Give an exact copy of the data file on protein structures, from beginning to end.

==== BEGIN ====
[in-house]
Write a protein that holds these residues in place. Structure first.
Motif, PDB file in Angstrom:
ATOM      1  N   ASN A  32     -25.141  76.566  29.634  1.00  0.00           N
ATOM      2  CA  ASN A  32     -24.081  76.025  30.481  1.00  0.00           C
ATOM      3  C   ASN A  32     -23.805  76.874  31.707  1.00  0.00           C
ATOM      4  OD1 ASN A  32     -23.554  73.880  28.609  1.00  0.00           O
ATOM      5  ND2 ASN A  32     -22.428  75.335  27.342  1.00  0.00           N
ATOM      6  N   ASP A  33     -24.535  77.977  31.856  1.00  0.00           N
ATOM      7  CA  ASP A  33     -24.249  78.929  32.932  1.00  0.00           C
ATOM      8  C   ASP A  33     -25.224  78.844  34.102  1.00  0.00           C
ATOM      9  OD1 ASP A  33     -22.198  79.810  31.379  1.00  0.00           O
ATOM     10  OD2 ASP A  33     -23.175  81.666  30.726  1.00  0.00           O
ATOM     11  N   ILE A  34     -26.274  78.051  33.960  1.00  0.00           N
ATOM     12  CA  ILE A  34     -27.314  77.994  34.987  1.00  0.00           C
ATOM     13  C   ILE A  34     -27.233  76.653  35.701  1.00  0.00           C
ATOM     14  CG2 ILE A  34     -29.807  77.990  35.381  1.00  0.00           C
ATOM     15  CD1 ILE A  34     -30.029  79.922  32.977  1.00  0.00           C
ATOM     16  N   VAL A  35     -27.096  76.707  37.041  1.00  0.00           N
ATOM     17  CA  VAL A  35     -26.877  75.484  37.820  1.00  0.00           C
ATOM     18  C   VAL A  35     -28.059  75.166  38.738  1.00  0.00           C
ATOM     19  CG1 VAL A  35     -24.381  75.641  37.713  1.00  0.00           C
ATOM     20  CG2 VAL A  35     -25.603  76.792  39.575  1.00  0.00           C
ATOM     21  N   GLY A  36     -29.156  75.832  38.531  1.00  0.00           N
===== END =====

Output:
[in-house]
Write a protein that holds these residues in place. Structure first.
Motif, PDB file in Angstrom:
ATOM      1  N   ASN A  32     -25.141  76.566  29.634  1.00  0.00           N
ATOM      2  CA  ASN A  32     -24.081  76.025  30.481  1.00  0.00           C
ATOM      3  C   ASN A  32     -23.805  76.874  31.707  1.00  0.00           C
ATOM      4  OD1 ASN A  32     -23.554  73.880  28.609  1.00  0.00           O
ATOM      5  ND2 ASN A  32     -22.428  75.335  27.342  1.00  0.00           N
ATOM      6  N   ASP A  33     -24.535  77.977  31.856  1.00  0.00           N
ATOM      7  CA  ASP A  33     -24.249  78.929  32.932  1.00  0.00           C
ATOM      8  C   ASP A  33     -25.224  78.844  34.102  1.00  0.00           C
ATOM      9  OD1 ASP A  33     -22.198  79.810  31.379  1.00  0.00           O
ATOM     10  OD2 ASP A  33     -23.175  81.666  30.726  1.00  0.00           O
ATOM     11  N   ILE A  34     -26.274  78.051  33.960  1.00  0.00           N
ATOM     12  CA  ILE A  34     -27.314  77.994  34.987  1.00  0.00           C
ATOM     13  C   ILE A  34     -27.233  76.653  35.701  1.00  0.00           C
ATOM     14  CG2 ILE A  34     -29.807  77.990  35.381  1.00  0.00           C
ATOM     15  CD1 ILE A  34     -30.029  79.922  32.977  1.00  0.00           C
ATOM     16  N   VAL A  35     -27.096  76.707  37.041  1.00  0.00           N
ATOM     17  CA  VAL A  35     -26.877  75.484  37.820  1.00  0.00           C
ATOM     18  C   VAL A  35     -28.059  75.166  38.738  1.00  0.00           C
ATOM     19  CG1 VAL A  35     -24.381  75.641  37.713  1.00  0.00           C
ATOM     20  CG2 VAL A  35     -25.603  76.792  39.575  1.00  0.00           C
ATOM     21  N   GLY A  36     -29.156  75.832  38.531  1.00  0.00           N